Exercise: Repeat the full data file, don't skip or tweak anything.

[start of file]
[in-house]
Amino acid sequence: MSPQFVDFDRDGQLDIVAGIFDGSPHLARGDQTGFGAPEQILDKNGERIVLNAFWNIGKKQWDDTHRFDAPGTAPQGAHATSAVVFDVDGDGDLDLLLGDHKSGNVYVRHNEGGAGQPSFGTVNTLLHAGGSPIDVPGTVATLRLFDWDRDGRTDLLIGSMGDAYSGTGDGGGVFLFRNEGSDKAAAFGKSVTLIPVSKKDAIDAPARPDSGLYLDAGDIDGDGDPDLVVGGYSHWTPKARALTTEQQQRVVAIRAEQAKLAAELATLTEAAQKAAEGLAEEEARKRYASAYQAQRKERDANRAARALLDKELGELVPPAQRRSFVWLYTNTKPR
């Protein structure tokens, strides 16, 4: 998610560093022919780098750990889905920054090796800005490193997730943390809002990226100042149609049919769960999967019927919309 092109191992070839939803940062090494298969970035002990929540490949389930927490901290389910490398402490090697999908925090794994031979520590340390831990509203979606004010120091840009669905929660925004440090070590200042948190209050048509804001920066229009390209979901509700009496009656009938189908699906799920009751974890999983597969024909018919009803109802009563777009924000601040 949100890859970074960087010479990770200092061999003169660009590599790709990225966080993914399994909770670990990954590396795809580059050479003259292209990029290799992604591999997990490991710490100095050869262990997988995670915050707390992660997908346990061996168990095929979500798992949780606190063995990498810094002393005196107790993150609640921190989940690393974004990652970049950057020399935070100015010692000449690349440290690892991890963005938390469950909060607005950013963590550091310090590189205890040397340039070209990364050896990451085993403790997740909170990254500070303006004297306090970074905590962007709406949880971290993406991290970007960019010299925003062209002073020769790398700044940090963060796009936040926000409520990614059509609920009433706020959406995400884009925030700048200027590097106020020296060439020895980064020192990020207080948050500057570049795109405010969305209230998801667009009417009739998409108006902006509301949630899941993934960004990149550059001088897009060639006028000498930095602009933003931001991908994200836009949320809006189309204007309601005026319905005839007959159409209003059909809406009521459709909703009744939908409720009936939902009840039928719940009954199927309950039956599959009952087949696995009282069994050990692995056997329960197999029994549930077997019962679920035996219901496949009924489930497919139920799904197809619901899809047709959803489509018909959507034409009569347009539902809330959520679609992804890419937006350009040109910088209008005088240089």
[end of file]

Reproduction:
[in-house]
Amino acid sequence: MSPQFVDFDRDGQLDIVAGIFDGSPHLARGDQTGFGAPEQILDKNGERIVLNAFWNIGKKQWDDTHRFDAPGTAPQGAHATSAVVFDVDGDGDLDLLLGDHKSGNVYVRHNEGGAGQPSFGTVNTLLHAGGSPIDVPGTVATLRLFDWDRDGRTDLLIGSMGDAYSGTGDGGGVFLFRNEGSDKAAAFGKSVTLIPVSKKDAIDAPARPDSGLYLDAGDIDGDGDPDLVVGGYSHWTPKARALTTEQQQRVVAIRAEQAKLAAELATLTEAAQKAAEGLAEEEARKRYASAYQAQRKERDANRAARALLDKELGELVPPAQRRSFVWLYTNTKPR
């Protein structure tokens, strides 16, 4: 998610560093022919780098750990889905920054090796800005490193997730943390809002990226100042149609049919769960999967019927919309 092109191992070839939803940062090494298969970035002990929540490949389930927490901290389910490398402490090697999908925090794994031979520590340390831990509203979606004010120091840009669905929660925004440090070590200042948190209050048509804001920066229009390209979901509700009496009656009938189908699906799920009751974890999983597969024909018919009803109802009563777009924000601040 949100890859970074960087010479990770200092061999003169660009590599790709990225966080993914399994909770670990990954590396795809580059050479003259292209990029290799992604591999997990490991710490100095050869262990997988995670915050707390992660997908346990061996168990095929979500798992949780606190063995990498810094002393005196107790993150609640921190989940690393974004990652970049950057020399935070100015010692000449690349440290690892991890963005938390469950909060607005950013963590550091310090590189205890040397340039070209990364050896990451085993403790997740909170990254500070303006004297306090970074905590962007709406949880971290993406991290970007960019010299925003062209002073020769790398700044940090963060796009936040926000409520990614059509609920009433706020959406995400884009925030700048200027590097106020020296060439020895980064020192990020207080948050500057570049795109405010969305209230998801667009009417009739998409108006902006509301949630899941993934960004990149550059001088897009060639006028000498930095602009933003931001991908994200836009949320809006189309204007309601005026319905005839007959159409209003059909809406009521459709909703009744939908409720009936939902009840039928719940009954199927309950039956599959009952087949696995009282069994050990692995056997329960197999029994549930077997019962679920035996219901496949009924489930497919139920799904197809619901899809047709959803489509018909959507034409009569347009539902809330959520679609992804890419937006350009040109910088209008005088240089």